Certainly, the Tories haven’t batted Labour out of the game and they are doing nowhere near as well as Tony Blair was in the mid-1990s. However, as Andrew Rawnsley reminds us in The Observer this morning, that was an exceptional time. Rawnsley, though, thinks that the Tories can not become the government in waiting until they give the electorate a firmer idea of what they would do once they are in power. To put it another way, they have won permission to be heard and now they need to say something.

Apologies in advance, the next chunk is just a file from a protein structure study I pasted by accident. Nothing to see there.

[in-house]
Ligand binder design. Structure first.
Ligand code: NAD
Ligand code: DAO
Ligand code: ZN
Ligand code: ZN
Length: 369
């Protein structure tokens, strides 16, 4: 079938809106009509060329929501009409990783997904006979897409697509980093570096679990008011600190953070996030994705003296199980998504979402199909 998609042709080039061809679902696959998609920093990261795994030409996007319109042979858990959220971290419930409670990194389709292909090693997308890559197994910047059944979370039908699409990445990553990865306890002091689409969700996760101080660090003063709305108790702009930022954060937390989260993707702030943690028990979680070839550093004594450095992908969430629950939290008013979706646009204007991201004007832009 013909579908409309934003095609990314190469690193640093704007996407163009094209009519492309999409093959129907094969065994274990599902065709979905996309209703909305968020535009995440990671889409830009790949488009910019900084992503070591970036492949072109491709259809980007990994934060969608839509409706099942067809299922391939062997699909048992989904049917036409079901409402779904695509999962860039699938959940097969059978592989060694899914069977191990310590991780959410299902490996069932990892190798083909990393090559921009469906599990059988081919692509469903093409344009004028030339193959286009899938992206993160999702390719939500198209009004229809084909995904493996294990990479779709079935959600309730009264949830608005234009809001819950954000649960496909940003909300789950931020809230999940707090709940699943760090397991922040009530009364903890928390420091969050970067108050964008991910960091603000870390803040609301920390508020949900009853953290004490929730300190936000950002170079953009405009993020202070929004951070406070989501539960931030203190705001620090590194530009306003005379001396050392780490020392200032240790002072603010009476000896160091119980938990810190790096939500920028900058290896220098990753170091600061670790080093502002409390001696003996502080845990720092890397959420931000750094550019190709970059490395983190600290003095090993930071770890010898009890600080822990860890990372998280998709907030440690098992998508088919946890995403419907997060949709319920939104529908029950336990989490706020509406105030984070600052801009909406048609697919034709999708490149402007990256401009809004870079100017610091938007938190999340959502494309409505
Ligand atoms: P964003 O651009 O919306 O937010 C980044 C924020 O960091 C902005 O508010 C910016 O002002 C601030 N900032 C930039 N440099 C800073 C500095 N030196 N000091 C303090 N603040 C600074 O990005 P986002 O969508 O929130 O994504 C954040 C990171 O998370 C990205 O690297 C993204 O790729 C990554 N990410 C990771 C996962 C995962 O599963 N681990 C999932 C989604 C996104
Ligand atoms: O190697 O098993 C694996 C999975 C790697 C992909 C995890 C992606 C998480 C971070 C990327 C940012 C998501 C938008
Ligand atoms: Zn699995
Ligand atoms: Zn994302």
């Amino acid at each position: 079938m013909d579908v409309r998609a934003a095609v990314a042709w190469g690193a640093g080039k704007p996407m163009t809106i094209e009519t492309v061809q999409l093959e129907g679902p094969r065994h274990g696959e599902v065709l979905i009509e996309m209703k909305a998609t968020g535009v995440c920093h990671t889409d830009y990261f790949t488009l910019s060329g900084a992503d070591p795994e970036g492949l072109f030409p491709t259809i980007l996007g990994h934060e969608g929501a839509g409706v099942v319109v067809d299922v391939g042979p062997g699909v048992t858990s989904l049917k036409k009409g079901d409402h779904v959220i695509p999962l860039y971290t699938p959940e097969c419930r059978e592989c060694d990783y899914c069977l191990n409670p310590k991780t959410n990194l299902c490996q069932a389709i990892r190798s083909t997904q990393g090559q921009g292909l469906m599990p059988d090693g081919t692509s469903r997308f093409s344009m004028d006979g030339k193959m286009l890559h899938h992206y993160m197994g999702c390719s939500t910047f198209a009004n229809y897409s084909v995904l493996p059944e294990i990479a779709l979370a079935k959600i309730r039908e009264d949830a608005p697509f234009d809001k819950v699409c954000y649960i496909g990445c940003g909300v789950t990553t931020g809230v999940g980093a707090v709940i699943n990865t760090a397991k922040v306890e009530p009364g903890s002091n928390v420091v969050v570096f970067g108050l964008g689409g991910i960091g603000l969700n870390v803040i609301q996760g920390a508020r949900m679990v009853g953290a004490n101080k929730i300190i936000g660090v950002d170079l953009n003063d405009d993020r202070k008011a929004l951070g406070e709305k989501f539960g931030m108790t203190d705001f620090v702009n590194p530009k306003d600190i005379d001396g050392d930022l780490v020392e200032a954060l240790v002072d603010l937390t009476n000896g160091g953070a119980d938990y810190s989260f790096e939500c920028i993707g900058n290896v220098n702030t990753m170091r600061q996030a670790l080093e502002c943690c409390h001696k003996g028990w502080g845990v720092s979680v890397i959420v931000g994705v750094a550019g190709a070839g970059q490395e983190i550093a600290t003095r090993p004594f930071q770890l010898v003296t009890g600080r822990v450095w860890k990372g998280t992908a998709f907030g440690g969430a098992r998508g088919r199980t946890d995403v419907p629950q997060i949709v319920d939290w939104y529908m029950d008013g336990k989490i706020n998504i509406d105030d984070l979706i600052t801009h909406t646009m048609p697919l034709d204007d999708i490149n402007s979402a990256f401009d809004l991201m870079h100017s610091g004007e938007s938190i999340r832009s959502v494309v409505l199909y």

This criticism isn’t totally fair. There are some impressive Tory policies; notably on education. But it is hard to say how Britain would be different after a term of Cameron government. The tactical need now is for some more boldness. The old caricatures of conservatism have been largely slain by the whole decontamination process—Tory high command must be encouraged by how little damage the Conway affair appears to have done to the party’s standing—and the Tories can not speak out without fear of being shouted down. This does not mean that it is time to return to the old tunes. But the Cameroons should be unafraid of being true to their instincts as they have been on education to good effect.